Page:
Joyciline Jepkosgei was not unlike many of the hundreds of other first-time runners Saturday at the Quad-City Times Bix 7.
The 25-year-old Kenyan was curious about the challenges that awaited her on the seven-mile course through the streets of Davenport.
She was curious about that monstrous Brady Street hill at the start, about the quick up and downs through McClellan Heights and about the sneaky steady incline on the return run on Kirkwood Boulevard.
At the start, it was all new and all pretty much unknown for Jepkosgei, a second-place finisher at the 2018 IAAF World Half Marathon Championships and a rare competitor in races in the United States.
"I did not know what to expect, how it would go," Jepkosgei said.
It went well. Very well.
Jepkosgei pulled away down the stretch to win the women’s championship at the 45th annual Bix 7, finishing in a time of 36 minutes, 4 seconds.
Her time was the seventh-fastest clocking for a woman in the race’s history, and she needed that type of performance to hold off Vicoty Chepngeno of Kenya by four seconds and Gotytom Gebreslase of Ethiopia by seven seconds.
The top three finishers all recorded times that rank among the top nine in the race’s 45-year history.
"When I am crossing the finish line there is a great feeling of happiness," Jepkosgei said. "I did not maybe expect to win. I expected to run a good race. It was a tough race on a tough course in a beautiful city. It has been a very good day."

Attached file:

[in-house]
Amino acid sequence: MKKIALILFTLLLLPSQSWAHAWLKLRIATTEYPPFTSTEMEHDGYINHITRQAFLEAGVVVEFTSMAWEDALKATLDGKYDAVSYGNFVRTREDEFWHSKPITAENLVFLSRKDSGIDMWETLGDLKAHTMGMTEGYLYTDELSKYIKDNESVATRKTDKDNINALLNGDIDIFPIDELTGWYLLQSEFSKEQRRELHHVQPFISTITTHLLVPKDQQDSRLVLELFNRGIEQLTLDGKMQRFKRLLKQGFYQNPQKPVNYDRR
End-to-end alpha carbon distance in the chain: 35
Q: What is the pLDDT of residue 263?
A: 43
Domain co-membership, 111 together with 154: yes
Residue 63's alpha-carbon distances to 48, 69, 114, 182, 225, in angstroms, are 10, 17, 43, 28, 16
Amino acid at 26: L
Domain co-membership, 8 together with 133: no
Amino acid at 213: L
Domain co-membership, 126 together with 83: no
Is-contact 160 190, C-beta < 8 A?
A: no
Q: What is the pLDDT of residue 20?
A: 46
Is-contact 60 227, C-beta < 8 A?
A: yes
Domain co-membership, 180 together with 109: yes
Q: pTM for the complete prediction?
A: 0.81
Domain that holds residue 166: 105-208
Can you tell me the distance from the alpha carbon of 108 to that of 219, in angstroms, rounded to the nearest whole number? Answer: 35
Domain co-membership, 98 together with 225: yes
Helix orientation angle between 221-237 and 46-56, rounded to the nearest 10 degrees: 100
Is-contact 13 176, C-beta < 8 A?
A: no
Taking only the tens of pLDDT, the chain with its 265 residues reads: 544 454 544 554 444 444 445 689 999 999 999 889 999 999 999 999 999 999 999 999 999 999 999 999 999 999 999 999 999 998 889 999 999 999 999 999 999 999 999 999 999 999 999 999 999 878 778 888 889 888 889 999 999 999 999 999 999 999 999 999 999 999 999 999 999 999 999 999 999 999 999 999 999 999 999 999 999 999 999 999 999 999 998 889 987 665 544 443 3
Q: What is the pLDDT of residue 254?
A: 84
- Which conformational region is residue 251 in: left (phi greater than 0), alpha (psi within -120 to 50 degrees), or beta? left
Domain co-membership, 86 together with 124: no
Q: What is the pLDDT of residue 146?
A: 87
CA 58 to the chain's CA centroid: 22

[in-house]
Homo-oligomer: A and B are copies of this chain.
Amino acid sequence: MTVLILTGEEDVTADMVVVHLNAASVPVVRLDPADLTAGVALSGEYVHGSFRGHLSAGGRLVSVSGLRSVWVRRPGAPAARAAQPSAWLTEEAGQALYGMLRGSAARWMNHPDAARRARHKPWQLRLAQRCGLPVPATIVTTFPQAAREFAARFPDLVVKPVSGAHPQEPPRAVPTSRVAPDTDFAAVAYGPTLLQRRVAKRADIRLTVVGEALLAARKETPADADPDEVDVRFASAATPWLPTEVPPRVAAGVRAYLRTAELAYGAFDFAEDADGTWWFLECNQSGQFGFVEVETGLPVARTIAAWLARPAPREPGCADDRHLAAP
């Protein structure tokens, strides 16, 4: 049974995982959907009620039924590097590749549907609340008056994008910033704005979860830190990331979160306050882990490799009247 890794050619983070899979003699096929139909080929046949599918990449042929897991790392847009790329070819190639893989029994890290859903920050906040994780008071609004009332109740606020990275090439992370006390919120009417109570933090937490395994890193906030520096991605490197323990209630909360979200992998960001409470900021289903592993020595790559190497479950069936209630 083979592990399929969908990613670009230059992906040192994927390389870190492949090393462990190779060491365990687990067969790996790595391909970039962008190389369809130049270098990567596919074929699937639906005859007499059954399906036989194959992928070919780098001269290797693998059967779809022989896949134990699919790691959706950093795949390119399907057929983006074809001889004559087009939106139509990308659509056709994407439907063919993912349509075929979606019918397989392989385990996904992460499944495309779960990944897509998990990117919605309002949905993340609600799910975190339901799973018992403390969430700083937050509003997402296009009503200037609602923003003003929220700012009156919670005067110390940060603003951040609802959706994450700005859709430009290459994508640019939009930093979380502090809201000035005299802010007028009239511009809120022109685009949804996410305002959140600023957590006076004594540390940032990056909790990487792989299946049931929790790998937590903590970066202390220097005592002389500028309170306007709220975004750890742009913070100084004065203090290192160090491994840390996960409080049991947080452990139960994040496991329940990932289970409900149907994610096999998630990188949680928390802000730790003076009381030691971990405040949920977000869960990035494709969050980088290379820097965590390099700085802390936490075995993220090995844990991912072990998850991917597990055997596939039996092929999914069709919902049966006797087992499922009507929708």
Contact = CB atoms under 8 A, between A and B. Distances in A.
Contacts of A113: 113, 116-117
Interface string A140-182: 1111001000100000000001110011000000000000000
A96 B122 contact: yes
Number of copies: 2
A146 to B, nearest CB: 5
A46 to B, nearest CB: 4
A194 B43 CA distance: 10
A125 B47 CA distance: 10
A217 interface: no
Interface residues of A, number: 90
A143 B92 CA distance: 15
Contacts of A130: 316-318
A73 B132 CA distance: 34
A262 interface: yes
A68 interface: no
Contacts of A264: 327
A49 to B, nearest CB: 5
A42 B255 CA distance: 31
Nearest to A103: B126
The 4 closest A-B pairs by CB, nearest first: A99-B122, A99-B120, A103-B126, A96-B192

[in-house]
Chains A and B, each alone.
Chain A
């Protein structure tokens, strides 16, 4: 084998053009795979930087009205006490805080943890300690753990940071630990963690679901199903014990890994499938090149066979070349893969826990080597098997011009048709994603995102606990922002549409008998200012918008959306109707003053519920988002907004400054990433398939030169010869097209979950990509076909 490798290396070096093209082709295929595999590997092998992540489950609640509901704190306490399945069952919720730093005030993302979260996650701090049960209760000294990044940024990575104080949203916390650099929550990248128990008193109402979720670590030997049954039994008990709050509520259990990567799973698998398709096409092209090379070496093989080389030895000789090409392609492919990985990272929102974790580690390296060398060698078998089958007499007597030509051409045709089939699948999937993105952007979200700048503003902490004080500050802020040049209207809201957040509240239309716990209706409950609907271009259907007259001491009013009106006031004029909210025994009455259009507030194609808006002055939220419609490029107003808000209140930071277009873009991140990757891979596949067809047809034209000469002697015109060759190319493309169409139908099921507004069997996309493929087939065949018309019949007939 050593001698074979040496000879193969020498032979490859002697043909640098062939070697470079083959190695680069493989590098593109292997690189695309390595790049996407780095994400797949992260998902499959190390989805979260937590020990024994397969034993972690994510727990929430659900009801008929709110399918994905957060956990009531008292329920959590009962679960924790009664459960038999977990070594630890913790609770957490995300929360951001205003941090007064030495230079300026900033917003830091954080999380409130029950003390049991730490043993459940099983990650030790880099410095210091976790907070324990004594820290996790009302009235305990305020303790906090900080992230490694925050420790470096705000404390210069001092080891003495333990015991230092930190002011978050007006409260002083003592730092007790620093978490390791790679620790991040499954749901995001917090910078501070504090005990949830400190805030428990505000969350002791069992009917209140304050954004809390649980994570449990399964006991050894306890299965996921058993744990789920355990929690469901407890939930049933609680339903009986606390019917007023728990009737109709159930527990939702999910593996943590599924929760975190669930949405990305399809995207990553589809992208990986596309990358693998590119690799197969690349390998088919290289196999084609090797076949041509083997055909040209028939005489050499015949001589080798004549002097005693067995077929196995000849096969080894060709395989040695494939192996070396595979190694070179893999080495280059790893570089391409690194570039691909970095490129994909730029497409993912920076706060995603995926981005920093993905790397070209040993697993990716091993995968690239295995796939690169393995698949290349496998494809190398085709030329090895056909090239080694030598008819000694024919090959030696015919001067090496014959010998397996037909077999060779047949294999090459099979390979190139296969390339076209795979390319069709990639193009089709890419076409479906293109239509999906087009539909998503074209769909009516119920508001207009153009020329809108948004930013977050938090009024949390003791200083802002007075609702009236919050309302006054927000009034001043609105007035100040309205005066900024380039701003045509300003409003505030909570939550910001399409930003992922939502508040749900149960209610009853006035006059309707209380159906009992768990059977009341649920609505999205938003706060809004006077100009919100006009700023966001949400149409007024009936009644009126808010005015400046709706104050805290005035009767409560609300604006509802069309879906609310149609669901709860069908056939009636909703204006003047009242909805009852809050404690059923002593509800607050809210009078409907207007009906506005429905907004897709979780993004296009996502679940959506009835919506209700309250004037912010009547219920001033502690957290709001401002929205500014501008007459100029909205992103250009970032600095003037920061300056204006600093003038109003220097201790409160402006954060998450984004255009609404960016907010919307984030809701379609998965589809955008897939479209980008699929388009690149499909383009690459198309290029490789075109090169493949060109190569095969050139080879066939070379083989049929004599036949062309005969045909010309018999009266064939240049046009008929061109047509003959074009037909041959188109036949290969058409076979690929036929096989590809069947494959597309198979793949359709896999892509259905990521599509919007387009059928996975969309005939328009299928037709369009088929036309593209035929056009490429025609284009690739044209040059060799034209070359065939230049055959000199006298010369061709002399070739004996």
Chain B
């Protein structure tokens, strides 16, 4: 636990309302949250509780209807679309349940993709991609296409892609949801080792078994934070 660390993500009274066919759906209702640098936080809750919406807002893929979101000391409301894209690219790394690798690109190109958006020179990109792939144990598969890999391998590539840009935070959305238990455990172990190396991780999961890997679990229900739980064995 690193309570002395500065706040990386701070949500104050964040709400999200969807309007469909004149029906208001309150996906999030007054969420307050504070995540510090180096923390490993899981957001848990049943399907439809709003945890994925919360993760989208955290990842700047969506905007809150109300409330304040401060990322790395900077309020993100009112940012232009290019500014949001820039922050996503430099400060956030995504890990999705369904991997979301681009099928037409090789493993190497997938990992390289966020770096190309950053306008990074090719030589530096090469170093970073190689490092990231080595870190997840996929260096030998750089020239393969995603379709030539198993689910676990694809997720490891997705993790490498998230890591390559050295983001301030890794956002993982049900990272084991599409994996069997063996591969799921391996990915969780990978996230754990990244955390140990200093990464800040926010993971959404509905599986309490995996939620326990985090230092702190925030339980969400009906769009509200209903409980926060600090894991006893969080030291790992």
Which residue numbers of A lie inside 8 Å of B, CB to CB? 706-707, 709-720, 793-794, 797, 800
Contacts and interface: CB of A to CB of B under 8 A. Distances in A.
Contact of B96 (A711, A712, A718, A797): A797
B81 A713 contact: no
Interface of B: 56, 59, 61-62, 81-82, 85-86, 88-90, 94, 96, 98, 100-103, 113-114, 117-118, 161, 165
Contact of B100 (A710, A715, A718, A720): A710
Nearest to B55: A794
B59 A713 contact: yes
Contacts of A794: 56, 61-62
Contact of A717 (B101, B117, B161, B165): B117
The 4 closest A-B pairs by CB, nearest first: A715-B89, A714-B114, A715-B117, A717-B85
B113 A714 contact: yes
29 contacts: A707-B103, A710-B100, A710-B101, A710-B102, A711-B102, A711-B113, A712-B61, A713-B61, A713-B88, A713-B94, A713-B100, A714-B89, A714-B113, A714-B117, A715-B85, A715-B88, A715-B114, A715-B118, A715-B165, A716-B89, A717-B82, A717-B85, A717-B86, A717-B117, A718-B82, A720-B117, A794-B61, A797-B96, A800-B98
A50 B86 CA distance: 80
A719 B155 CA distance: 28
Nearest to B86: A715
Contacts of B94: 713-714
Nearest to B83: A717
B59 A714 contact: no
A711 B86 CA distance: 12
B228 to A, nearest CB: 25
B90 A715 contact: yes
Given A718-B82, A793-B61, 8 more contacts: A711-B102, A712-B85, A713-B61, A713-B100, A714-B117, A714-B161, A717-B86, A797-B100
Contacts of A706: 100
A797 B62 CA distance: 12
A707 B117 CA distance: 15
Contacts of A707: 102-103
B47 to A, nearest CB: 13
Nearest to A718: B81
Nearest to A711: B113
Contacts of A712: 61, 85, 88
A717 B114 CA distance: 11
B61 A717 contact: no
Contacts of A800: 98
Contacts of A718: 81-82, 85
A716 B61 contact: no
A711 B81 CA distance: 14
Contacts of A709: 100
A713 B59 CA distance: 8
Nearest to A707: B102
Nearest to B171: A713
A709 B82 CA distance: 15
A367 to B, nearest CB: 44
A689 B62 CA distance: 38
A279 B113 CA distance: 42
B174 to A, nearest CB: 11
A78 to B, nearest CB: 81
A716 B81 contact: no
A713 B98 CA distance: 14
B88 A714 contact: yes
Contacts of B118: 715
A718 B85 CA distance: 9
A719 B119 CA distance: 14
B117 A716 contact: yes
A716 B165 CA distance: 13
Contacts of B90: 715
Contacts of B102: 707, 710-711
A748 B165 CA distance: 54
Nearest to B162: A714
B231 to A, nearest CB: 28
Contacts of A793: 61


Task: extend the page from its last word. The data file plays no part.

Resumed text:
Jepkosgei, Chepngeno and Gebreslase separated themselves from the rest of the women’s field during the second half of the race, and a steady approach proved important for Jepkosgei, who earlier this year won the New York City Half Marathon.
"Some runners are good going up the hills. Some are good going down them. I wanted to maintain, to do the best that I could to run a steady race," Jepkosgei said. "Up, down, steady, I was able to do that."
And that made a difference on a day when defending champion Margaret Muriuki of Kenya finished sixth in a time of 37:20.
The top American finisher in the race was Julia Kohnen of St. Louis, who took eighth in a time of 39:49.
Jepkosgei earned $12,500 for winning the race, part of one of the largest non-marathon prize purses for a race in the United States.
"She ran a good race. She stayed strong at the end. It was her day," said Chepngeno, who improved on her fifth-place finish in the 2018 Bix 7.
Jepkosgei felt strong from the outset of the race and while she enjoyed her return trip down the Brady Street hill much more than her climb up it, those early strides helped establish a winning tone for Jepkosgei.
"I did not want to go so fast right away up the hills. I wanted to take it the right way and get a good pace and maintain," she said. "I was able to do that, and it let me run a good race."
As the race neared its midpoint and the turnaround on McClellan Boulevard, Jepkosgei continued to maintain a steady approach with Chepngeno and Gebreslase still involved in a lead pack that began to separate itself from the fourth- and fifth-place finishers, Caroline Chepkoech and Monicah Ngige.
Chepkoech finished in 36:27, while Ngige completed the course in 36:44.
"It was a very good field, a good test, and I feel so happy to have run a good race," Jepkosgei said.